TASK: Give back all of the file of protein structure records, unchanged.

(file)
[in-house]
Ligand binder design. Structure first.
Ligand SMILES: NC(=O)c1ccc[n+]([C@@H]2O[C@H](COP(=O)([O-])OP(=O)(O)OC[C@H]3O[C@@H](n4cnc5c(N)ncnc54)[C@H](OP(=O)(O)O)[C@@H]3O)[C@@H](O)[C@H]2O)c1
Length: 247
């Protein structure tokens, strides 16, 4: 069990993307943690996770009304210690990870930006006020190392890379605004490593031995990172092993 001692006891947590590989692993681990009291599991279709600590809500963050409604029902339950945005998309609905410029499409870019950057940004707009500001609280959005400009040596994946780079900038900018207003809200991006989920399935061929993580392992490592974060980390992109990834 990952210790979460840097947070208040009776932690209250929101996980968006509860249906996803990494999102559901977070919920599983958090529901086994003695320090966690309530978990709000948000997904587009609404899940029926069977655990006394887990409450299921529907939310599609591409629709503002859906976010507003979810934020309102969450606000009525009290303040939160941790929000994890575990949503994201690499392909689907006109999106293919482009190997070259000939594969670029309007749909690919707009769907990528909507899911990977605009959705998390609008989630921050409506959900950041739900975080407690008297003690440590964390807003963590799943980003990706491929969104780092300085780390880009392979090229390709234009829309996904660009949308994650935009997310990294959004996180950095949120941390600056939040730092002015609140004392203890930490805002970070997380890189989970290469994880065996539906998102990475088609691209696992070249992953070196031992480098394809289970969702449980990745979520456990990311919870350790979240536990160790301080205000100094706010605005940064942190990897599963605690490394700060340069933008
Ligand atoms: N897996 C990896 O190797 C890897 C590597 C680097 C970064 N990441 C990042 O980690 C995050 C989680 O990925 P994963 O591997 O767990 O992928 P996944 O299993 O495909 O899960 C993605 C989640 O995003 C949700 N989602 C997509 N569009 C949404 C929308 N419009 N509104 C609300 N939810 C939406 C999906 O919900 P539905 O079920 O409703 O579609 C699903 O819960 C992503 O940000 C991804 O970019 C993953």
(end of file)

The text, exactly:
[in-house]
Ligand binder design. Structure first.
Ligand SMILES: NC(=O)c1ccc[n+]([C@@H]2O[C@H](COP(=O)([O-])OP(=O)(O)OC[C@H]3O[C@@H](n4cnc5c(N)ncnc54)[C@H](OP(=O)(O)O)[C@@H]3O)[C@@H](O)[C@H]2O)c1
Length: 247
């Protein structure tokens, strides 16, 4: 069990993307943690996770009304210690990870930006006020190392890379605004490593031995990172092993 001692006891947590590989692993681990009291599991279709600590809500963050409604029902339950945005998309609905410029499409870019950057940004707009500001609280959005400009040596994946780079900038900018207003809200991006989920399935061929993580392992490592974060980390992109990834 990952210790979460840097947070208040009776932690209250929101996980968006509860249906996803990494999102559901977070919920599983958090529901086994003695320090966690309530978990709000948000997904587009609404899940029926069977655990006394887990409450299921529907939310599609591409629709503002859906976010507003979810934020309102969450606000009525009290303040939160941790929000994890575990949503994201690499392909689907006109999106293919482009190997070259000939594969670029309007749909690919707009769907990528909507899911990977605009959705998390609008989630921050409506959900950041739900975080407690008297003690440590964390807003963590799943980003990706491929969104780092300085780390880009392979090229390709234009829309996904660009949308994650935009997310990294959004996180950095949120941390600056939040730092002015609140004392203890930490805002970070997380890189989970290469994880065996539906998102990475088609691209696992070249992953070196031992480098394809289970969702449980990745979520456990990311919870350790979240536990160790301080205000100094706010605005940064942190990897599963605690490394700060340069933008
Ligand atoms: N897996 C990896 O190797 C890897 C590597 C680097 C970064 N990441 C990042 O980690 C995050 C989680 O990925 P994963 O591997 O767990 O992928 P996944 O299993 O495909 O899960 C993605 C989640 O995003 C949700 N989602 C997509 N569009 C949404 C929308 N419009 N509104 C609300 N939810 C939406 C999906 O919900 P539905 O079920 O409703 O579609 C699903 O819960 C992503 O940000 C991804 O970019 C993953």